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http://www.casperstartribune.net/articles/2005/08/23/news/wyoming/ed64fabcb8980497872570650083034a.txt

Rancher suspects wolves killed 28 sheep

 
 

 

FARSON -- Federal wildlife officials are investigating a case of nearly 30 head of dead domestic sheep near the Prospect Mountains east of here.

Their owner suspects they were killed by wolves.

Mike Jimenez of the U.S. Fish and Wildlife Service said Monday that because the sheep carcasses had been in place for up to 10 days, it was proving "very difficult to find out what's going on."

Jimenez said, "I have no idea what's going on."

USDA Wildlife Services specialists were in the area over the weekend and earlier this week to investigate, but they had not yet made a determination, according to Jimenez.

The sheep belong to Wyoming Stock Growers Association executive Jim Magagna. He explained that the small herd of sheep, which included late lambers that weren't moved to the high country, was in a small fence pasture consisting of mostly private land. Being in a contained area next to the road, this herd is not tended to by a herder, Magagna said. Ranch workers drive by and can see the herd and every few weeks enter the pasture to replenish the salt for the animals.

On Aug. 2, a ranch worker counted 49 head of sheep in the pasture, including 30 ewes and 19 lambs, Magagna said. A week ago, the worker drove by and could see the sheep in the pasture and thought everything appeared to be in order.

Then last week, the worker entered the pasture to find most of the sheep dead. He loaded the 16 sheep that were still alive and unharmed and hauled them to the ranch. Magagna entered the pasture Friday, photographing 28 individual dead sheep, most of which were pretty decomposed, he said.

Magagna contacted federal officials, who entered the area to investigate over the weekend, he said.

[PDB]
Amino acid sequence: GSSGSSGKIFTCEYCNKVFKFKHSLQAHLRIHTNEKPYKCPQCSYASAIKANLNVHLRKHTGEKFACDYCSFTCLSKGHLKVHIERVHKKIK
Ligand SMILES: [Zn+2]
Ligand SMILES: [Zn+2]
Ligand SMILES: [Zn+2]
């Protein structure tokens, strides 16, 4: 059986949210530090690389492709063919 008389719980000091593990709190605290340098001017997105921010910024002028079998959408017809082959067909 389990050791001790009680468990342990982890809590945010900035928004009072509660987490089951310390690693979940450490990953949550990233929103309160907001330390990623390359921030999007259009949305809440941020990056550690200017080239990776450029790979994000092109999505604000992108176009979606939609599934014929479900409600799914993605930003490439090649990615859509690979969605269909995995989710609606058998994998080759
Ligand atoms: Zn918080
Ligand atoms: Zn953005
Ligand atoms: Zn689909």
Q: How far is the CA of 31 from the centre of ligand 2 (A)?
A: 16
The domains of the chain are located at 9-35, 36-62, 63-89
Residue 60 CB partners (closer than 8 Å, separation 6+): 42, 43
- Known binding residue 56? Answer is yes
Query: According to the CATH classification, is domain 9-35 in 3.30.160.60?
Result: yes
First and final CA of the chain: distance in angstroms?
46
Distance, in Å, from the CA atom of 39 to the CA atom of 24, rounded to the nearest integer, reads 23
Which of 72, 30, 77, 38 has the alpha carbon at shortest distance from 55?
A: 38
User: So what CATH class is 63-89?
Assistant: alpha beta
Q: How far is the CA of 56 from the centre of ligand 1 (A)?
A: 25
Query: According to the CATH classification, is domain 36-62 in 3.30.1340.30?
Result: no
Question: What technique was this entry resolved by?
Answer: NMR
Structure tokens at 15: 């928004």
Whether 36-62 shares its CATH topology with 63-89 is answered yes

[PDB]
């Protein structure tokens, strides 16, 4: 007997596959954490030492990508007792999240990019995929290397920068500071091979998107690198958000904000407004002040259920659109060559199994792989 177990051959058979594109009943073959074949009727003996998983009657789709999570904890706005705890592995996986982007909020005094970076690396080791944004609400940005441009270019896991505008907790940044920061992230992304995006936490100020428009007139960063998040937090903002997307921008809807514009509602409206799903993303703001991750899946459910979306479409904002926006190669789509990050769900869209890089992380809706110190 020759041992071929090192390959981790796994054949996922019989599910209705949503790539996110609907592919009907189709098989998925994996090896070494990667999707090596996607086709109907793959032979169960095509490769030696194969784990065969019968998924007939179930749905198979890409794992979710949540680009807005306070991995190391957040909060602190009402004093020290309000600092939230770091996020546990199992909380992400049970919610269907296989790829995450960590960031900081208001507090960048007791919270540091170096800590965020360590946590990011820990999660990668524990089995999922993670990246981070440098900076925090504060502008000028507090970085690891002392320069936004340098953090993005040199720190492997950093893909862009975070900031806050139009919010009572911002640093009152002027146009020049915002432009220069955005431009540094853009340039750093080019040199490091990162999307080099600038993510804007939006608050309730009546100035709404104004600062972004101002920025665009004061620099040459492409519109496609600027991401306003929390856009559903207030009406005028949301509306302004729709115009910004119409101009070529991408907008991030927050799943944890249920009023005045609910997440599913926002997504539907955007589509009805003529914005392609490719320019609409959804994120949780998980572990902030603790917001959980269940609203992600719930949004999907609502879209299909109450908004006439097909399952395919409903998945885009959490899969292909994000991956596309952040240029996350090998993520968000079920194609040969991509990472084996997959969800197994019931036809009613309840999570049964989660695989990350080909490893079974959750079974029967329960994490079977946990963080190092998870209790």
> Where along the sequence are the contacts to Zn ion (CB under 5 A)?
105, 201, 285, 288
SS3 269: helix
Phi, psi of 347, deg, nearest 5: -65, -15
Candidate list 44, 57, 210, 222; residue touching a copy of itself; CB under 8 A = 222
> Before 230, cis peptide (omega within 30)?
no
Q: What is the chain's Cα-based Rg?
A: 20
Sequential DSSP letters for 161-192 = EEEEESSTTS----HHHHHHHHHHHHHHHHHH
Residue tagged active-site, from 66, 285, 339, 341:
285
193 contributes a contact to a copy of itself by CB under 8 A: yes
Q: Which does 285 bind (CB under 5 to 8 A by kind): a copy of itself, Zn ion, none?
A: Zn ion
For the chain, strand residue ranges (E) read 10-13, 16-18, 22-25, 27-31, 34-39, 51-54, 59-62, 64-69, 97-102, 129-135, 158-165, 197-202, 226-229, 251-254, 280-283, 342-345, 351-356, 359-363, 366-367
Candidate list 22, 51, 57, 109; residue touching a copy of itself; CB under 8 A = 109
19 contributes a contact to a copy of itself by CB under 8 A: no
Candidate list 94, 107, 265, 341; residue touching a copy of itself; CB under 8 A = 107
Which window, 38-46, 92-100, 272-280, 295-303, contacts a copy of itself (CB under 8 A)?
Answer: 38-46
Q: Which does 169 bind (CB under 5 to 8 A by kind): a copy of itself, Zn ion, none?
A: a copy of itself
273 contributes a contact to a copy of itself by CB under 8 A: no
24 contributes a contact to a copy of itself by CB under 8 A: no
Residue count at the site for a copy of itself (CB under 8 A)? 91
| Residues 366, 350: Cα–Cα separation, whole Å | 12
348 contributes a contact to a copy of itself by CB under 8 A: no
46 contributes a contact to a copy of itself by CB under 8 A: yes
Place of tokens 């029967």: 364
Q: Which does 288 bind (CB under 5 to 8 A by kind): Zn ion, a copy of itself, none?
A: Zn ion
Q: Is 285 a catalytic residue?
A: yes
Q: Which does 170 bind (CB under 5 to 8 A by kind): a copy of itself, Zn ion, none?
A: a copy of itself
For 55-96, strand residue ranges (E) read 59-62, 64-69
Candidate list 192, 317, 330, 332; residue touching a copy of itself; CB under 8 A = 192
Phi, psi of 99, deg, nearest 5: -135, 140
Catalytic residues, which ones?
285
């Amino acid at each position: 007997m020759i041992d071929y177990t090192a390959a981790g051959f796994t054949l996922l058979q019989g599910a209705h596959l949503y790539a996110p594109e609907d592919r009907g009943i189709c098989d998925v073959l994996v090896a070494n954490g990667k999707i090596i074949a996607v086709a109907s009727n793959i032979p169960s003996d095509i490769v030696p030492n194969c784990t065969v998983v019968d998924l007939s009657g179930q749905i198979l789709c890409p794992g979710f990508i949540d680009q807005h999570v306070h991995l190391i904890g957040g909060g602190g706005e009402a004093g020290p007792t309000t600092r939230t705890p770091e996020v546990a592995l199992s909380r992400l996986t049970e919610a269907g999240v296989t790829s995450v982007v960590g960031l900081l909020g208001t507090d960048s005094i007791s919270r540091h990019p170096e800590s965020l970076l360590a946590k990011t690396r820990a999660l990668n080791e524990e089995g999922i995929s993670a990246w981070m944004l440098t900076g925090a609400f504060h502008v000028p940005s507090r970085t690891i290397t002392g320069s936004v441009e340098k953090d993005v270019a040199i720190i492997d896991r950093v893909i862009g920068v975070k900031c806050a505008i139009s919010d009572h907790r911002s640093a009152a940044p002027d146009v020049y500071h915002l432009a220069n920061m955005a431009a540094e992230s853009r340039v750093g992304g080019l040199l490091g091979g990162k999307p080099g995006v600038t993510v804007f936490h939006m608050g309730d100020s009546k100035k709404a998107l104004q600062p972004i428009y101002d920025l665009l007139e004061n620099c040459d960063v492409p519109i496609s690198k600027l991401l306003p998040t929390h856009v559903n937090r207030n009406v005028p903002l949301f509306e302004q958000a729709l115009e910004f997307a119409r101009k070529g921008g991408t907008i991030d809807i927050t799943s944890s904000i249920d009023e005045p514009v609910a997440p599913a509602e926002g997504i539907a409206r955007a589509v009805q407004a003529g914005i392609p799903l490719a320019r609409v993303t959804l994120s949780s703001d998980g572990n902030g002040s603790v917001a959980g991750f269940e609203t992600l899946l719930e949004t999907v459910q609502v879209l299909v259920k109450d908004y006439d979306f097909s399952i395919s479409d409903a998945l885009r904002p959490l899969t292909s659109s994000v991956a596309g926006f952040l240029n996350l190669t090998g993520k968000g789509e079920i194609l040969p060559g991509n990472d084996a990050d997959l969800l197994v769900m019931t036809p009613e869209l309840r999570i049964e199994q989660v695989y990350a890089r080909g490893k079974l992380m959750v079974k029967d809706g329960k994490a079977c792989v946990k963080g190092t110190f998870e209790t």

Magagna suspects wolf depredation. This herd is in the same area where a female wolf gave birth to pups on a domestic sheep lambing ground this spring, only to begin preying on the sheep herd. Wildlife Services killed the female wolf and four of her six pups, but a male wolf and the remaining two pups were never found. Fish and Wildlife had expected that the pups were too young to survive on their own.

With nearly 30 dead sheep, some with whole quarters moved away from the rest of the carcasses and completely cleaned, Magagna said, "I can't think of anything else that would have caused that."

Jimenez repeated that it is "very difficult" to try to determine if wolves killed the sheep because the carcasses are decomposed. He said Wildlife Services would soon return to the area to continue the investigation.

In other wolf news, a wolf has been confirmed as killing a ewe and lamb in the Hams Fork River area near Kemmerer, Jimenez said. Wildlife Services has been authorized to kill one wolf. The canine culprit appears to be alone and is not wearing a radio collar, Jimenez said, but has been in an open area where it can be killed.

 
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